The right to vote, in a democracy, is a basic right. Under the United States Constitution that right in established by the 15th Amendment.
“No one can be denied the right to vote because of race, color or previous condition of servitude.”
But members of the Virginia General Assembly have introduced several bills to restrict voting rights. A couple months after Maine’s overwhelming rejection of their Voter ID law, the Old Dominion is giving large-scale disenfranchisement a go ’round.
The leader of the pack is currently Senate Bill 1 (SB1), which has already been heard by the full Senate. SB1 requires voters to show ID, turning regular ballots into provisional ballots.
Members of the Virginia legislature say voter ID laws like SB1 will prevent fraud in voting. With millions of Americans voting there is less than .0001% of identified fraud and as far as I can tell no convictions. There is no evidence of any large-scale voter fraud in Virginia. Voter ID laws are a solution in search of a problem. And their goal is to make it harder for certain people to vote.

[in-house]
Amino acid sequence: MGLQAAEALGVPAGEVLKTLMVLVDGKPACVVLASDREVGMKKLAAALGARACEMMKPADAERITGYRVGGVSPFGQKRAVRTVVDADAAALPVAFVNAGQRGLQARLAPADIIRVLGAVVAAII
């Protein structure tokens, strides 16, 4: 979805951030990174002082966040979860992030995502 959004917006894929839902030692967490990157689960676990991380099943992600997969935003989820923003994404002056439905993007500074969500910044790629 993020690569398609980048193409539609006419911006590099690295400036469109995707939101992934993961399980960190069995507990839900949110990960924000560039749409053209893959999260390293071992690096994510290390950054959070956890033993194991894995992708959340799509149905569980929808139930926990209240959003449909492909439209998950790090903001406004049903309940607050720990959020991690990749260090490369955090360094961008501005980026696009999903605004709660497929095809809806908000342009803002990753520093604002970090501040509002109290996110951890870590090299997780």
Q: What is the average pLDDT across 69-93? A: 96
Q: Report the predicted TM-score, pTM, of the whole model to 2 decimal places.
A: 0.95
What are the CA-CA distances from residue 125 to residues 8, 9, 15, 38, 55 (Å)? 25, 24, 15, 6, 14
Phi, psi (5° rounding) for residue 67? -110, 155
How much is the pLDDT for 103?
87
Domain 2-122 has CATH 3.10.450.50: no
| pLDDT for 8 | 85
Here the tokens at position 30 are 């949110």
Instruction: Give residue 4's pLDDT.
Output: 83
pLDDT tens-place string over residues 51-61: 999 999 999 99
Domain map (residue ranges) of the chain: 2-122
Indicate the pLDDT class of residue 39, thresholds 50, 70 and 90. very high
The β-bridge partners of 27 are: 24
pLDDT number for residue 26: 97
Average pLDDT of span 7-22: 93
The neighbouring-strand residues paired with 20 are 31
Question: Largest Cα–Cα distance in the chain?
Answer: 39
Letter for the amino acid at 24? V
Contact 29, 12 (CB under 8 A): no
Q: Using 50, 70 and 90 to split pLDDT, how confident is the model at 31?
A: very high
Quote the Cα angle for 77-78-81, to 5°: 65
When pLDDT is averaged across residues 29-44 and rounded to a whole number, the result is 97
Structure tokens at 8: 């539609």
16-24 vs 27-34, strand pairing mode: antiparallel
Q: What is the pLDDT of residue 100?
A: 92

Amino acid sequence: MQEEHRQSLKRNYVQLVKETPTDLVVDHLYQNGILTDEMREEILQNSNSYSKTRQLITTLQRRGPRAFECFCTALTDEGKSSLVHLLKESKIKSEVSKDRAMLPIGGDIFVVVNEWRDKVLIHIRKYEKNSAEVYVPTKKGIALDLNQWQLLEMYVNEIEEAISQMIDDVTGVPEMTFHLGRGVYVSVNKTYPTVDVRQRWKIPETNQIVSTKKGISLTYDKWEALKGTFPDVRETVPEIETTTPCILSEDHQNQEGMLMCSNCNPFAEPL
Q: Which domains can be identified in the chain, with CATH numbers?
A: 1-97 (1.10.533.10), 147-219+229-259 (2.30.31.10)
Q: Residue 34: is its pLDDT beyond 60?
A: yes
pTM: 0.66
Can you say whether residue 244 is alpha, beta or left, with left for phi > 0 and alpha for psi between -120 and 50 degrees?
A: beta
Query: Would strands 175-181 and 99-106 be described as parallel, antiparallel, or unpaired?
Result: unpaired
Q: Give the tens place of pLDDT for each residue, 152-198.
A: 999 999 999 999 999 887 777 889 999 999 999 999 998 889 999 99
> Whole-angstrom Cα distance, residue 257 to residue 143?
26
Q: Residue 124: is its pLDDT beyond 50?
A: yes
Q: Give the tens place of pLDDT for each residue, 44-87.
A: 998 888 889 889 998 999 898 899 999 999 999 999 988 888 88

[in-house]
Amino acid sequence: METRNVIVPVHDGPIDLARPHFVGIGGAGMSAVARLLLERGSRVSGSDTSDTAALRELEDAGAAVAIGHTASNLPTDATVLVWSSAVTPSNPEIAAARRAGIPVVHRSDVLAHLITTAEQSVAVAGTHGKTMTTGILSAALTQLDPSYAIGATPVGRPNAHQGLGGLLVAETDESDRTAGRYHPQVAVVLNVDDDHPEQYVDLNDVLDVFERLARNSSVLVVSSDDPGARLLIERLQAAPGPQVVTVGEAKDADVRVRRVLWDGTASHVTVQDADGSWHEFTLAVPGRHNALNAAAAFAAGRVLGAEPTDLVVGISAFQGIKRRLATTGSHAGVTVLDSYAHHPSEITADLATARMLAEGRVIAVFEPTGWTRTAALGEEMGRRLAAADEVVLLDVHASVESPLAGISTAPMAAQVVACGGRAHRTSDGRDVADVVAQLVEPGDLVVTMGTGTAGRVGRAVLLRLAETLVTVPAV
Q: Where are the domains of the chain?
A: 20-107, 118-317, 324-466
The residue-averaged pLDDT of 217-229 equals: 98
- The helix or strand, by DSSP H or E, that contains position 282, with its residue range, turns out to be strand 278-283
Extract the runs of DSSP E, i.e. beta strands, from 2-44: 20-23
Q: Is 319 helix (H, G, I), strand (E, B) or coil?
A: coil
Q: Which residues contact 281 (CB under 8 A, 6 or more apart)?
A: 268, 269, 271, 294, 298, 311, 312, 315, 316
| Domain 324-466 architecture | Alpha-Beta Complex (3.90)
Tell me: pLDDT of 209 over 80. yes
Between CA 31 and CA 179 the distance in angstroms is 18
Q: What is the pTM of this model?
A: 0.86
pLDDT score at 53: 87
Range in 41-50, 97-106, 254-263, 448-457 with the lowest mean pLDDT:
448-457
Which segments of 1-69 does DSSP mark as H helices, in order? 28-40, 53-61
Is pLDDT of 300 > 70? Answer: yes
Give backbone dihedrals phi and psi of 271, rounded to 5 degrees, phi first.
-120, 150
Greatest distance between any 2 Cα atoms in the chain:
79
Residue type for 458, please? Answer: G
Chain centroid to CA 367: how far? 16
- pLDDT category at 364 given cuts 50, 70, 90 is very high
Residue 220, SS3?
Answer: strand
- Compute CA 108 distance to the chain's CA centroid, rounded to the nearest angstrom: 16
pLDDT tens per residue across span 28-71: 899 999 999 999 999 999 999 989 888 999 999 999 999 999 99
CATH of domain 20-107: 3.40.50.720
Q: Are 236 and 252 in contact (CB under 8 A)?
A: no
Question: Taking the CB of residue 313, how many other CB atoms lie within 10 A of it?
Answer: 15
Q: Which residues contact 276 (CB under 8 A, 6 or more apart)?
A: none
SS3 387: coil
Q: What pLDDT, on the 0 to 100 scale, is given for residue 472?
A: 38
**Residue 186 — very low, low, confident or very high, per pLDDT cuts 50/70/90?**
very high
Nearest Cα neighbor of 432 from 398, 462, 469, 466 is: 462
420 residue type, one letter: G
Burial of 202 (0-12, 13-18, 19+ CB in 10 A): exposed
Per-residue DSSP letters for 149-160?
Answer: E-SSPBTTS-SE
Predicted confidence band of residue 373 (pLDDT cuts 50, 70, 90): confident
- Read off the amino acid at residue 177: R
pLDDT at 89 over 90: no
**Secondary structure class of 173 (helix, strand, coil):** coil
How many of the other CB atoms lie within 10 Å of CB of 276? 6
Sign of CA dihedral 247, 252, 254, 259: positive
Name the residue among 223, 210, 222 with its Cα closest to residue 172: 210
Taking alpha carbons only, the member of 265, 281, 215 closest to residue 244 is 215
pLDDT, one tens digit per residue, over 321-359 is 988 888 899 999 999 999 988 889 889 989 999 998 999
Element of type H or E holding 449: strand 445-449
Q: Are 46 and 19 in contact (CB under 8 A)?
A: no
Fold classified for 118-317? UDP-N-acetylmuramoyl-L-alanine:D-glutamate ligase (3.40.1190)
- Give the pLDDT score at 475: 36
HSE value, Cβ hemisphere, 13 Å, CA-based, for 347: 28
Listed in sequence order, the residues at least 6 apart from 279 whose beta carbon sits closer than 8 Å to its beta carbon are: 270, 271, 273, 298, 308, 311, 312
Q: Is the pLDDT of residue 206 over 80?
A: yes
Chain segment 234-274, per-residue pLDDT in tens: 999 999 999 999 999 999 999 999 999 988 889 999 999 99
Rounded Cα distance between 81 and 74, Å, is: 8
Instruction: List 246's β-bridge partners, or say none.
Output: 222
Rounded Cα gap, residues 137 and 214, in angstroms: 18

SB1 and other voter ID laws are aimed at those least likely to have a government issued photo ID: the poor, minorities, the elderly and temporary college students. Many of these individuals do not own motor vehicles and therefore have no drivers’ licenses. Voter ID laws usually require the voter to present a “picture ID” that is state authorized (a picture ID from your work or college, etc. would not qualify.) It is estimated that 500,000 Virginians lack the proper ID and would be kept from voting.
There is another Amendment that is applicable to the voter disenfranchisement scheme the General Assembly is putting forth. The 9th Amendment reads“The enumeration in the Constitution, of certain rights, shall not be construed to deny or disparage others retained by the people.”
The “right” of conservatives to keep young people, minorities and the poor away from the polls is not a strong enough reason to deny or disparage the voting rights of millions.
Ken Ehrenthal is a member of the South Hampton Roads chapter of Virginia Organizing. He is a retired high school history teacher and spends his time advocating for workers’ rights and a variety of social issues.